A life of intention
How to begin? Or rather, how to begin again?
Lately I have been thinking a lot about how to create a life of intention. How to step away from the grinding pace of a world that seeks only results at the expense of the process, and how to honor each moment as it is. A choice.
I haven’t spoken much publicly about my life and my past. About all of the ugly things that have made me who I am today. I’ve talked in obtuse terms and wry smiles about my struggles with depression, self harm, and mental health, and the fact that I am now living on my own for the first time in my life. I've let others draw what conclusions they will from that. But silence and avoidance isn’t what the world needs, and it isn’t what I need to become the person I want to be.
For thirty five years I have lived a life without choice. None of us have a choice in where or to whom we are born, and having no choice as a child isn’t inherently traumatic. But for me, that is where my trauma started. I was raised in a cult, literally born into it, and I have struggled every day since to escape the grasp of its claws in my mind. The thing that people who’ve never experienced this cannot understand is that deprogramming isn’t something that ever ends. It is constant. And as a queer person, the fight against a pattern of thought that inherently hates everything I am is exhausting. Taking the easiest road of care in other parts of our lives is sometimes the only way we can have the energy to continue to fight our own minds.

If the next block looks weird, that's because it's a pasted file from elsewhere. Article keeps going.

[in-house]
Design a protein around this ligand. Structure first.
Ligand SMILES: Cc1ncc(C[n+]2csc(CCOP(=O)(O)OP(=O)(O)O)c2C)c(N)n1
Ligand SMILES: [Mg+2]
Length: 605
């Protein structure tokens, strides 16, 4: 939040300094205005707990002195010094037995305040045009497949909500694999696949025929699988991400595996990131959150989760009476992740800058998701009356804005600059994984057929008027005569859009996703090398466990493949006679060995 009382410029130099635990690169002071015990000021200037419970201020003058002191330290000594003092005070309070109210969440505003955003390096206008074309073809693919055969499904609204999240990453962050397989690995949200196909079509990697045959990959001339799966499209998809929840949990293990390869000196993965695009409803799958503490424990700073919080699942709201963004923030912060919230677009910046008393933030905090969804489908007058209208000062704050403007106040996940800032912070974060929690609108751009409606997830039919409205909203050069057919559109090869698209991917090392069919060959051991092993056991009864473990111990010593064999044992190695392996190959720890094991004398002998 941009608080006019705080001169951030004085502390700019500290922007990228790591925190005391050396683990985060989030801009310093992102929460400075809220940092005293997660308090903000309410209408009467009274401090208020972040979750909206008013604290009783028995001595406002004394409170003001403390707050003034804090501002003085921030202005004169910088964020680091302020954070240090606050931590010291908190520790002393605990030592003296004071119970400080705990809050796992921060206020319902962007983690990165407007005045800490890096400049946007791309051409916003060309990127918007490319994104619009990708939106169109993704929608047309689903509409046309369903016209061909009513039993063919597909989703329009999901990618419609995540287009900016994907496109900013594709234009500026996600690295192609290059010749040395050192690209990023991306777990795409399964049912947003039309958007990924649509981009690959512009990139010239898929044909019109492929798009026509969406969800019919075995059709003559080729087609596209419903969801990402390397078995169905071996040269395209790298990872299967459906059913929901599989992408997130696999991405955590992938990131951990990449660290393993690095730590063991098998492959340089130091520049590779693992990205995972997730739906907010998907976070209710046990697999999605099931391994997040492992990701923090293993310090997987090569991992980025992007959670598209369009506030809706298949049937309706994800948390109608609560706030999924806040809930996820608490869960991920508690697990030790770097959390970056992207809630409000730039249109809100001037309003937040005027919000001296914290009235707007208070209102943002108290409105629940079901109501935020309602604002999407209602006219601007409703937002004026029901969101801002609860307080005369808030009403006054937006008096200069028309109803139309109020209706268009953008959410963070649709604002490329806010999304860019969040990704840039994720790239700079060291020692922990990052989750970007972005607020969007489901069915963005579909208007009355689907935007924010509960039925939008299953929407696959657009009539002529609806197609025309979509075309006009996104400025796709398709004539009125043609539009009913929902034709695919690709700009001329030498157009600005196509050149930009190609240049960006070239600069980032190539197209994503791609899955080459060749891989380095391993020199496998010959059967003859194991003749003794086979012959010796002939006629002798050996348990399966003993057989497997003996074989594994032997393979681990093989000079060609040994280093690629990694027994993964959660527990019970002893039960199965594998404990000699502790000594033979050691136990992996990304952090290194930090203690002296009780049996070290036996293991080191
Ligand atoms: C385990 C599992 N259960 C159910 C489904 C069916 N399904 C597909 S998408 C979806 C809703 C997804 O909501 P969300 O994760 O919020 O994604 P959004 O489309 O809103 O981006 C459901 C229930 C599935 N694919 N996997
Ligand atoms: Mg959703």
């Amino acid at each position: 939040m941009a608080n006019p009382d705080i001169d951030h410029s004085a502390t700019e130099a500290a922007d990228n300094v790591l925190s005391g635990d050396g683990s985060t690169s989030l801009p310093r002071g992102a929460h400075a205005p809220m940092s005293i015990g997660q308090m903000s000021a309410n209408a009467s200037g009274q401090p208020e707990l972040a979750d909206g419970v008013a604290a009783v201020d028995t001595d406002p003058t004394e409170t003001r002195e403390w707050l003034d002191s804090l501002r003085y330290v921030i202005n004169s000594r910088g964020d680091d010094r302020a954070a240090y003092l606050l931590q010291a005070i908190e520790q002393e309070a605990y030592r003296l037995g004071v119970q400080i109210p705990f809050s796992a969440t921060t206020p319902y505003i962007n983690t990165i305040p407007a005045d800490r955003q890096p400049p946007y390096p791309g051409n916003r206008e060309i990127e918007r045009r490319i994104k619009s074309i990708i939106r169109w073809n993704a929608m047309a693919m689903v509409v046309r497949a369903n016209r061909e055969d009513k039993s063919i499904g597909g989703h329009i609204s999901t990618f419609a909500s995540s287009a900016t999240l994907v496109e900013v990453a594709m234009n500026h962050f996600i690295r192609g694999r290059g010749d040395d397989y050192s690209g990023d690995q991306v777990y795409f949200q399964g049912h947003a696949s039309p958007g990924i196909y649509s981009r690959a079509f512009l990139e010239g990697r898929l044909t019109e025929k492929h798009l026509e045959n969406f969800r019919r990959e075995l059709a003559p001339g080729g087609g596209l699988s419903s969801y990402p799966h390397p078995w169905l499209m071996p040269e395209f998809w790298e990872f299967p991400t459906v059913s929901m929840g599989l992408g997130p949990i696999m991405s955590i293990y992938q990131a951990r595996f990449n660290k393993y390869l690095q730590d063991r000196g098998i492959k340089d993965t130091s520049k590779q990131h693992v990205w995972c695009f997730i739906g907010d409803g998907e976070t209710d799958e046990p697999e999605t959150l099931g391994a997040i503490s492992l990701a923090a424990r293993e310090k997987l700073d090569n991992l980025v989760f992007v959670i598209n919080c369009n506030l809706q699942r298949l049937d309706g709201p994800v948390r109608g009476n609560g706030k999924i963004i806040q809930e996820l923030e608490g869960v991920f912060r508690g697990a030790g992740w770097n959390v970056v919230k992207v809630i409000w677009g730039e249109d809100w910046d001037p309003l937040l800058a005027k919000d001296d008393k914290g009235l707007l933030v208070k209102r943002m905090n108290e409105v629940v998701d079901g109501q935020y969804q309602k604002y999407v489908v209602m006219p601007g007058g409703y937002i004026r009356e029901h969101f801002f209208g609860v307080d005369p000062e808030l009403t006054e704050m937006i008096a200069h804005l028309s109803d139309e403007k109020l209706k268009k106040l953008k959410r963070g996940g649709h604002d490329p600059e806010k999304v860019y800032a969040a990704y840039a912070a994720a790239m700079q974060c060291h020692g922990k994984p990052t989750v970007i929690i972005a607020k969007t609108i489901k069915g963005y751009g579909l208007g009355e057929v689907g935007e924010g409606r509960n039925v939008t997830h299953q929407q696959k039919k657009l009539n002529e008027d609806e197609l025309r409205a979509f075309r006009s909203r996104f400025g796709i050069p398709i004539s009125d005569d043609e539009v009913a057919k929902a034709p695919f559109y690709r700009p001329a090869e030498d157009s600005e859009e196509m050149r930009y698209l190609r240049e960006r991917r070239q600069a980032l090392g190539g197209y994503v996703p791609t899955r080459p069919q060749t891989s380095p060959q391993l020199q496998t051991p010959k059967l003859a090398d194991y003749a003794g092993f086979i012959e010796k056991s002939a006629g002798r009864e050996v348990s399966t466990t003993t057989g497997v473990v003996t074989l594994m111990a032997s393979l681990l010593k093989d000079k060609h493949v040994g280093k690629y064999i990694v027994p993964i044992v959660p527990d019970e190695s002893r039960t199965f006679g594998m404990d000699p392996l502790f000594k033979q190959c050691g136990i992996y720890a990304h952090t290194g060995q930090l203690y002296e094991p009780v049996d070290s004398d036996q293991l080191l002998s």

I escaped the physical constraints of that community at eighteen. But I didn’t escape the abuse. Like so many others before me, and after me as well, I took the best option I had to get out quickly, and like so many others found myself merely in a different version of the same situation. I don’t fault myself for that, and I don’t fault others either. We do what we must to survive, until we are have enough support to truly escape. Some of us never do. I am lucky.
While the abuse I have survived may not have been as glaringly obvious as what we see portrayed in movies or books, it was still abuse. And being able to admit that is hard. Incredibly hard. Choosing to leave was the first time I made a choice that put myself first; the first time I felt I even had a choice in my own life.
I am no longer simply bobbing along the current of someone else’s plans, and that alone has been more difficult than I find I can put into words. When you have lived a life without choice, it becomes overwhelming to suddenly be free to choose.
And so I am learning to choose with intention. To take time in each moment to decide for myself what I want and who I want to be. To allow myself to want at all.
As artists, we cannot separate our work from our selves; our experiences, our emotions, influence everything we make. Black Omen is the start of a journey. One in which I learn to embrace all of my demons, to stare directly into the face of my trauma and tell it that we are safe now. That the world is hard, but we will be okay. That being okay is a process that is going to take time, and that alone is okay. That everything that has led to this point was against my will, but that I get to choose how it defines me.
I get to build a life of intention. And so do you.